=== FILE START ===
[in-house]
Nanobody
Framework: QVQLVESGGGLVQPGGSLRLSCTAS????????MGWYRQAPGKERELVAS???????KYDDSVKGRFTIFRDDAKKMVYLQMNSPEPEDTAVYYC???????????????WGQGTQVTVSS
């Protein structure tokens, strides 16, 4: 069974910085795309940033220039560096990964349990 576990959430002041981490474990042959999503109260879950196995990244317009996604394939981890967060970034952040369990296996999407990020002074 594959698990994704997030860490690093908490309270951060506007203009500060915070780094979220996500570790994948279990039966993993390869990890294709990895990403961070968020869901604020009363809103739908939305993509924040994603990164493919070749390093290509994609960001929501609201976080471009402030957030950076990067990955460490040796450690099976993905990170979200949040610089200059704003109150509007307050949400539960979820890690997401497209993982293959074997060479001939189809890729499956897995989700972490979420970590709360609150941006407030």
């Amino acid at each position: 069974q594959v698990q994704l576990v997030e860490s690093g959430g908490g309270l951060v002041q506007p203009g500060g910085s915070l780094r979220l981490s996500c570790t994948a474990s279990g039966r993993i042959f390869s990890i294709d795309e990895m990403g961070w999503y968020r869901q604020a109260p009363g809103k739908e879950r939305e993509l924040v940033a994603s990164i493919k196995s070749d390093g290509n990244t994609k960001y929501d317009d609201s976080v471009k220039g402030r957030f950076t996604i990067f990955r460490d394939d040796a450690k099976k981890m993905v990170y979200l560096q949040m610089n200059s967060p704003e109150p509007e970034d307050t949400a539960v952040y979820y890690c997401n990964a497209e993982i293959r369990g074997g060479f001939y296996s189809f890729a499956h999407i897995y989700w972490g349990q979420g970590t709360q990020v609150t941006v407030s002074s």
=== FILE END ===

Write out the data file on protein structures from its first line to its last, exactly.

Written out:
[in-house]
Nanobody
Framework: QVQLVESGGGLVQPGGSLRLSCTAS????????MGWYRQAPGKERELVAS???????KYDDSVKGRFTIFRDDAKKMVYLQMNSPEPEDTAVYYC???????????????WGQGTQVTVSS
């Protein structure tokens, strides 16, 4: 069974910085795309940033220039560096990964349990 576990959430002041981490474990042959999503109260879950196995990244317009996604394939981890967060970034952040369990296996999407990020002074 594959698990994704997030860490690093908490309270951060506007203009500060915070780094979220996500570790994948279990039966993993390869990890294709990895990403961070968020869901604020009363809103739908939305993509924040994603990164493919070749390093290509994609960001929501609201976080471009402030957030950076990067990955460490040796450690099976993905990170979200949040610089200059704003109150509007307050949400539960979820890690997401497209993982293959074997060479001939189809890729499956897995989700972490979420970590709360609150941006407030």
């Amino acid at each position: 069974q594959v698990q994704l576990v997030e860490s690093g959430g908490g309270l951060v002041q506007p203009g500060g910085s915070l780094r979220l981490s996500c570790t994948a474990s279990g039966r993993i042959f390869s990890i294709d795309e990895m990403g961070w999503y968020r869901q604020a109260p009363g809103k739908e879950r939305e993509l924040v940033a994603s990164i493919k196995s070749d390093g290509n990244t994609k960001y929501d317009d609201s976080v471009k220039g402030r957030f950076t996604i990067f990955r460490d394939d040796a450690k099976k981890m993905v990170y979200l560096q949040m610089n200059s967060p704003e109150p509007e970034d307050t949400a539960v952040y979820y890690c997401n990964a497209e993982i293959r369990g074997g060479f001939y296996s189809f890729a499956h999407i897995y989700w972490g349990q979420g970590t709360q990020v609150t941006v407030s002074s």